Appeal from the Circuit Court of Jackson County. The Honorable W. Brent Powell, Judge.
Tolentino was represented by Matt J. O'Laughlin and Amy P. Maloney of Holman Schiavone LLC in Kansas City.
The hotel was represented by Elaine Drodge Koch, Timothy J. Davis, Elizabeth Carver and Thomas E. Nanney of Bryan Cave LLP in Kansas City.
Richard B. Teitelman, Judge. All concur.
Richard B. Teitelman,
Andro Tolentino appeals the circuit court's grant of summary judgment in favor of Starwood Hotels & Resorts Worldwide Inc. and Westin Hotel Management L.P (collectively, " Respondents" ). Tolentino filed suit pursuant to the Missouri Minimum Wage Law (MMWL), section 290.500, et seq., alleging that Respondents, as his joint employer along with Giant Labor Services Inc., (" GLS" ), was liable for payment of the minimum wage. The court found that there were genuine issues of material fact regarding whether Respondents were Tolentino's employer. The circuit court entered summary judgment in favor of Respondents on grounds that Respondents adequately compensated Tolentino and that Respondents could not be liable for the alleged wage deficiency because it was caused by GLS's unforeseeable, illegal wage deductions.
As the circuit court determined, there are genuine issues of material fact precluding summary judgment on the issue of whether Respondents were Tolentino's employer. The judgment is reversed, however, because the MMWL imposes an individual statutory duty on each employer to pay the minimum wage. Therefore, if Respondents were Tolentino's employer for purposes of MMWL, GLS's illegal wage deductions do not absolve Respondents from their independent statutory duty to pay a minimum wage. The judgment is reversed, and the case is remanded.
Starwood owns Westin Hotel Management, which operates the Westin Crown Center in Kansas City, Missouri (" Hotel" ). Respondents contract with temporary staffing agencies to provide housekeepers on an as-needed basis. GLS was one of the staffing agencies that provided Hotel with housekeepers.
The contract between Respondents and GLS provided that Respondents would inform GLS how many housekeepers were needed and that GLS would provide them. Respondents paid GLS $5 for each room cleaned. GLS was responsible for paying the housekeepers in any manner that complied with applicable law. GLS paid Tolentino $3.50 per room cleaned.
In January 2008, federal law enforcement officials informed Respondents that GLS was under investigation for crimes including human trafficking, fraud in foreign labor contracting, money laundering, fraud and extortion. Over the course of approximately two years, Respondents cooperated with law enforcement in the investigation
and prosecution of GLS and its owners.
In February 2008, GLS assigned Tolentino to work at Hotel as a housekeeper. In April 2008, Respondents notified GLS that they no longer wanted Tolentino to work as a housekeeper at Hotel because he failed to complete his work in a timely manner. GLS reassigned Tolentino to a different hotel.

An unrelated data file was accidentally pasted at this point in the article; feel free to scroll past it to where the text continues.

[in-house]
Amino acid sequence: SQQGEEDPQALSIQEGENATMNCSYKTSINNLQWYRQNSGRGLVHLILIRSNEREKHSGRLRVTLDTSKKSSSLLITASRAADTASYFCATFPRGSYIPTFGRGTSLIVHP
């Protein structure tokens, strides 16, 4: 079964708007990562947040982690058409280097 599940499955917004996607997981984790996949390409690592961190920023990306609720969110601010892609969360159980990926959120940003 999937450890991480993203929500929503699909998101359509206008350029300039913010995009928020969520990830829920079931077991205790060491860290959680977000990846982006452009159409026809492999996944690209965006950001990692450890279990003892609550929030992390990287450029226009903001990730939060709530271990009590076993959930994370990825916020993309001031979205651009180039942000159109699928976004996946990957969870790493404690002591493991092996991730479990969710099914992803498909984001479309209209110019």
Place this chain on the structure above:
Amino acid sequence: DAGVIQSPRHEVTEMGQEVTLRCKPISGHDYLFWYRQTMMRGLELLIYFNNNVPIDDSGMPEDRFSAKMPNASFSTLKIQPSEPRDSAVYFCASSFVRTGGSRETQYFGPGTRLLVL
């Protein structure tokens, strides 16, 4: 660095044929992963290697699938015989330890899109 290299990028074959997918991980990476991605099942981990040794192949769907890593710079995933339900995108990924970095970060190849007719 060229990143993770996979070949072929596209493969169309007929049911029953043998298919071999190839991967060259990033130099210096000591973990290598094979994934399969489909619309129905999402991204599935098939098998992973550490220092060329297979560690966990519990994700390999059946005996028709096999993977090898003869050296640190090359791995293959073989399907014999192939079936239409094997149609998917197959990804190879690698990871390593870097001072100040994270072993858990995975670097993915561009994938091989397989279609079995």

During the pay period of April 12, 2008, through April 26, 2008 -- the last pay period during which Tolentino worked at Hotel -- Tolentino cleaned 122 rooms and earned $427 prior to deductions. Tolentino's net pay was $372.34 after deductions for federal and state income tax, social security, and Medicare. GLS deducted the remaining $372.34 from Tolentino's paycheck for visa fees. Tolentino's take-home pay was $0.
GLS and its owners subsequently were indicted on federal charges. Respondents never were accused of having any role in or knowledge of GLS's criminal conspiracy. Although the charges against GLS were dismissed due to lack of assets, GLS's principals were convicted of labor racketeering based in part on their withholding earned wages for visa fees. A federal court awarded Tolentino restitution in the amount of $3,150, which the criminal judgment identified as Tolentino's total loss.
On April 21, 2010, Tolentino filed a class action suit alleging that Respondents and GLS were his employers and that Respondents failed to comply with sections 290.502 and 290.505 of the MMWL. Tolentino alleged that GLS's practice of paying housekeepers based on the number of rooms cleaned, instead of hours worked, resulted in an illegal wage deficiency. Tolentino also alleged that he was deprived of minimum wage and overtime compensation because of the visa fees deducted from his paycheck.
Respondents moved for summary judgment. Respondents argued that they were not subject to MMWL liability because they were not Tolentino's employer. Respondents also asserted that, even if GLS's practice of paying its employees $3.50 per room could be attributed to them, the $427 Tolentino earned prior to deductions reflected a legal wage rate of $7.76 per hour. Finally, Respondents asserted that they could not be held liable for GLS's illegal wage deductions.
The circuit court granted Respondents' motion for summary judgment. The court concluded that genuine issues of material fact existed as to whether Respondents and GLS were Tolentino's employers. Although the court assumed that Respondents were Tolentino's employer, the court determined that Respondents were entitled to summary judgment for two reasons. First, the circuit court concluded that Respondents adequately compensated Tolentino. Second, the court determined that the only reason Tolentino did not receive the minimum wage was because of GLS's illegal deductions. The court held that ...